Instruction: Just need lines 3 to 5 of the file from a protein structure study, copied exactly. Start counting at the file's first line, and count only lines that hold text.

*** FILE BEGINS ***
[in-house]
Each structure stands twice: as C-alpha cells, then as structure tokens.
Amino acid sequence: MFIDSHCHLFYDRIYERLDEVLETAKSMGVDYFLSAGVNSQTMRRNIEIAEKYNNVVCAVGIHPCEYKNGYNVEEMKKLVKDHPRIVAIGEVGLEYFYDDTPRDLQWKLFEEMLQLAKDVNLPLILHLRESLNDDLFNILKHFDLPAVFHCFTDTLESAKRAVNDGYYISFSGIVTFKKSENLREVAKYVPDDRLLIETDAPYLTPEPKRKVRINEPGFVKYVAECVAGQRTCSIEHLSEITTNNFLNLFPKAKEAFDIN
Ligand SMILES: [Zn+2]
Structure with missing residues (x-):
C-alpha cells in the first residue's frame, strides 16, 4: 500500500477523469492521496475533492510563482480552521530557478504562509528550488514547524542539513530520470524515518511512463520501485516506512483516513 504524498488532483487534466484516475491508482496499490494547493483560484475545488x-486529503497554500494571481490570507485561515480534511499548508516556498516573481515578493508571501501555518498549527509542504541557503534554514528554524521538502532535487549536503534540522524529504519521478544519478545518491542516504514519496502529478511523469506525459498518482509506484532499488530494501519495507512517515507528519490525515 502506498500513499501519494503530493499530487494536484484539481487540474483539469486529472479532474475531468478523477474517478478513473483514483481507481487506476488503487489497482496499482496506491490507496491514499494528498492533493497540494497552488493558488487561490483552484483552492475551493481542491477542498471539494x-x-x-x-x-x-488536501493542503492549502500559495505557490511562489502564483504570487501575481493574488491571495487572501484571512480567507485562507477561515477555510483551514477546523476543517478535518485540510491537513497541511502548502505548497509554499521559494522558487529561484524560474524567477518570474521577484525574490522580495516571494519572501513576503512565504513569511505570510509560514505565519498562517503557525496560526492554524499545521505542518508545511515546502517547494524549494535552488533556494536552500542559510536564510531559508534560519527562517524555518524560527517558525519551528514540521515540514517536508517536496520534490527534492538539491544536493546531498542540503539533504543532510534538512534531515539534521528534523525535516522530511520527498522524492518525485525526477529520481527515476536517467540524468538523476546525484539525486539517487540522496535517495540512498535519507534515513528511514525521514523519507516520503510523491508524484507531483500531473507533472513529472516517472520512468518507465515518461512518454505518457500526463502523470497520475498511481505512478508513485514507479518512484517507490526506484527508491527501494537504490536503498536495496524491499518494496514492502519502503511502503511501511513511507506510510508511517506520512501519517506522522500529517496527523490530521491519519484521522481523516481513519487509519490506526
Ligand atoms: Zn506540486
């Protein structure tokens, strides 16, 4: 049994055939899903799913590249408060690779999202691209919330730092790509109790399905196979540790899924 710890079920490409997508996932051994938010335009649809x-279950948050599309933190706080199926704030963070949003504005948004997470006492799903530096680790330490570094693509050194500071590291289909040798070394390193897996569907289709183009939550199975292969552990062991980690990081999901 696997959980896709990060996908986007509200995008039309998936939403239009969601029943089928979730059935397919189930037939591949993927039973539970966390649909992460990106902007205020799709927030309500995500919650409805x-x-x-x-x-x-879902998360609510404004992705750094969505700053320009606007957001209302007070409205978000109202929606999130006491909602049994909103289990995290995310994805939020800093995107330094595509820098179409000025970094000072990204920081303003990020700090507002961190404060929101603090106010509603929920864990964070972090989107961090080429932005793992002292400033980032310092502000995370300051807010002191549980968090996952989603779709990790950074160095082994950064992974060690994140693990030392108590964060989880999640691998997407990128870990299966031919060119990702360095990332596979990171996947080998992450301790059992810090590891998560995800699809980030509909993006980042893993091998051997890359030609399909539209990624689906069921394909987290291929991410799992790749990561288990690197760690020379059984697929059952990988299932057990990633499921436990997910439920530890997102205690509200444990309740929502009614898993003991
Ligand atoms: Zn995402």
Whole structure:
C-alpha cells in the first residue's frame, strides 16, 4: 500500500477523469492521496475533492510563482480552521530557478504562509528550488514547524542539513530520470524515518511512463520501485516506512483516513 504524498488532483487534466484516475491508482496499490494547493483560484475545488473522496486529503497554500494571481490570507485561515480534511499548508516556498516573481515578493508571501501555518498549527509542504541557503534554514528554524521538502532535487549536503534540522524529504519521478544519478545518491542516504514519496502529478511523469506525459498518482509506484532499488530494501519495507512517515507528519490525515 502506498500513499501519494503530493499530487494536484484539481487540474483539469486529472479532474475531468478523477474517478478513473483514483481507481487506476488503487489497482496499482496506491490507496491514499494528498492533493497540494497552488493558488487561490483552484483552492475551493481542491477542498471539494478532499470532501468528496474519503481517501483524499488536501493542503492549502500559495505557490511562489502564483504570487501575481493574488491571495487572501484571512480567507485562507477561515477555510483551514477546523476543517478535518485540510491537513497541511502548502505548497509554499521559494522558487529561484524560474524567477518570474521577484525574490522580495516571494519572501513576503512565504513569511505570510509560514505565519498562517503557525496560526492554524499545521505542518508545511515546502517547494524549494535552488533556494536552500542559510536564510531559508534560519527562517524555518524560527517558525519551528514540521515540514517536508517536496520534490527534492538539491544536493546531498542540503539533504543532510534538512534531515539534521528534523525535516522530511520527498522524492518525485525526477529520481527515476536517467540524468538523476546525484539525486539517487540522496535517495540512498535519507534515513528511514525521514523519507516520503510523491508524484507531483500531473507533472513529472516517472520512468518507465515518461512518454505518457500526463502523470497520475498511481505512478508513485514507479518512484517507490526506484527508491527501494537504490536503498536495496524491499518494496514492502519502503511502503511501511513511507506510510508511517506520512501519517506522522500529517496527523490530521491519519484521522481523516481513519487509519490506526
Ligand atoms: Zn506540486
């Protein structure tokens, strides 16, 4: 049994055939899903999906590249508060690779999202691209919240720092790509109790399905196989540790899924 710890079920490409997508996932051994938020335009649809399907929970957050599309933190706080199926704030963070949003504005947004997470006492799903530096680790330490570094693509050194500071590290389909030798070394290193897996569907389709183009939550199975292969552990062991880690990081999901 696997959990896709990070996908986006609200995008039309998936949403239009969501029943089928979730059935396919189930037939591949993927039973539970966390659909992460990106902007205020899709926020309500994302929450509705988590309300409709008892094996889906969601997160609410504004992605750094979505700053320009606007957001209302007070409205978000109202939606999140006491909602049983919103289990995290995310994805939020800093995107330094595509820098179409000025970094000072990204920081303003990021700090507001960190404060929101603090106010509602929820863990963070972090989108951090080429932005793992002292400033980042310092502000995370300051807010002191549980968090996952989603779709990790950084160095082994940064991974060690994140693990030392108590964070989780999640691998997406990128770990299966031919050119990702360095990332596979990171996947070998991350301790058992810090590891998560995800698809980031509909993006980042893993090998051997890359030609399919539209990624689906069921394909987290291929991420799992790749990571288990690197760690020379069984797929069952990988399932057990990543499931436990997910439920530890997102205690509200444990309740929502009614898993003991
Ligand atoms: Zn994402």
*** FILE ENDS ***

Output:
Amino acid sequence: MFIDSHCHLFYDRIYERLDEVLETAKSMGVDYFLSAGVNSQTMRRNIEIAEKYNNVVCAVGIHPCEYKNGYNVEEMKKLVKDHPRIVAIGEVGLEYFYDDTPRDLQWKLFEEMLQLAKDVNLPLILHLRESLNDDLFNILKHFDLPAVFHCFTDTLESAKRAVNDGYYISFSGIVTFKKSENLREVAKYVPDDRLLIETDAPYLTPEPKRKVRINEPGFVKYVAECVAGQRTCSIEHLSEITTNNFLNLFPKAKEAFDIN
Ligand SMILES: [Zn+2]
Structure with missing residues (x-):